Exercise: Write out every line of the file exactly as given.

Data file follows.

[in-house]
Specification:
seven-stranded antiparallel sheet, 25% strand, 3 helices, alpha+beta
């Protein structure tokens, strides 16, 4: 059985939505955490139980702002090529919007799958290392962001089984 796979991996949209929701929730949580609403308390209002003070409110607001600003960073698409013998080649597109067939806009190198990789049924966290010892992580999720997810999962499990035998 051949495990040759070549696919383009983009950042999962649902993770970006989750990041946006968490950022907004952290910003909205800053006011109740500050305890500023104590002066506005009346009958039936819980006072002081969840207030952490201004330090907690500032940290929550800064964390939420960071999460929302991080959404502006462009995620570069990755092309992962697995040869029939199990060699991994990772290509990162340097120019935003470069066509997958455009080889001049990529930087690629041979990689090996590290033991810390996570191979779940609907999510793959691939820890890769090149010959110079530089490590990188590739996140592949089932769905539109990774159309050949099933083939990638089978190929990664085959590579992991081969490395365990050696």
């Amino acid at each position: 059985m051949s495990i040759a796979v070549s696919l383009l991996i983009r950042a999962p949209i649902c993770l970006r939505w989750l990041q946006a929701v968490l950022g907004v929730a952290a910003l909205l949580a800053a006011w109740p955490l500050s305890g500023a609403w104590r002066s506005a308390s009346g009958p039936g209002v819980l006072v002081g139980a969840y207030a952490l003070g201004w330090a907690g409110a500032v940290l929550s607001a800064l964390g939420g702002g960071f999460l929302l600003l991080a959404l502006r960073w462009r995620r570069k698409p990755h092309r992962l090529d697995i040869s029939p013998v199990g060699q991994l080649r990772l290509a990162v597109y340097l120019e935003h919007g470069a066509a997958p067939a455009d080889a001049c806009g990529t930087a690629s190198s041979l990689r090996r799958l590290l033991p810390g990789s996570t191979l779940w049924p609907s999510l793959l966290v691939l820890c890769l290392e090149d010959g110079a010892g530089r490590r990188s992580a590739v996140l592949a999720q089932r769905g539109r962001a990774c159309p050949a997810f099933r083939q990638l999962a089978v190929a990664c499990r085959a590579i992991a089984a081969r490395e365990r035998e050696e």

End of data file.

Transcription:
[in-house]
Specification:
seven-stranded antiparallel sheet, 25% strand, 3 helices, alpha+beta
């Protein structure tokens, strides 16, 4: 059985939505955490139980702002090529919007799958290392962001089984 796979991996949209929701929730949580609403308390209002003070409110607001600003960073698409013998080649597109067939806009190198990789049924966290010892992580999720997810999962499990035998 051949495990040759070549696919383009983009950042999962649902993770970006989750990041946006968490950022907004952290910003909205800053006011109740500050305890500023104590002066506005009346009958039936819980006072002081969840207030952490201004330090907690500032940290929550800064964390939420960071999460929302991080959404502006462009995620570069990755092309992962697995040869029939199990060699991994990772290509990162340097120019935003470069066509997958455009080889001049990529930087690629041979990689090996590290033991810390996570191979779940609907999510793959691939820890890769090149010959110079530089490590990188590739996140592949089932769905539109990774159309050949099933083939990638089978190929990664085959590579992991081969490395365990050696």
């Amino acid at each position: 059985m051949s495990i040759a796979v070549s696919l383009l991996i983009r950042a999962p949209i649902c993770l970006r939505w989750l990041q946006a929701v968490l950022g907004v929730a952290a910003l909205l949580a800053a006011w109740p955490l500050s305890g500023a609403w104590r002066s506005a308390s009346g009958p039936g209002v819980l006072v002081g139980a969840y207030a952490l003070g201004w330090a907690g409110a500032v940290l929550s607001a800064l964390g939420g702002g960071f999460l929302l600003l991080a959404l502006r960073w462009r995620r570069k698409p990755h092309r992962l090529d697995i040869s029939p013998v199990g060699q991994l080649r990772l290509a990162v597109y340097l120019e935003h919007g470069a066509a997958p067939a455009d080889a001049c806009g990529t930087a690629s190198s041979l990689r090996r799958l590290l033991p810390g990789s996570t191979l779940w049924p609907s999510l793959l966290v691939l820890c890769l290392e090149d010959g110079a010892g530089r490590r990188s992580a590739v996140l592949a999720q089932r769905g539109r962001a990774c159309p050949a997810f099933r083939q990638l999962a089978v190929a990664c499990r085959a590579i992991a089984a081969r490395e365990r035998e050696e």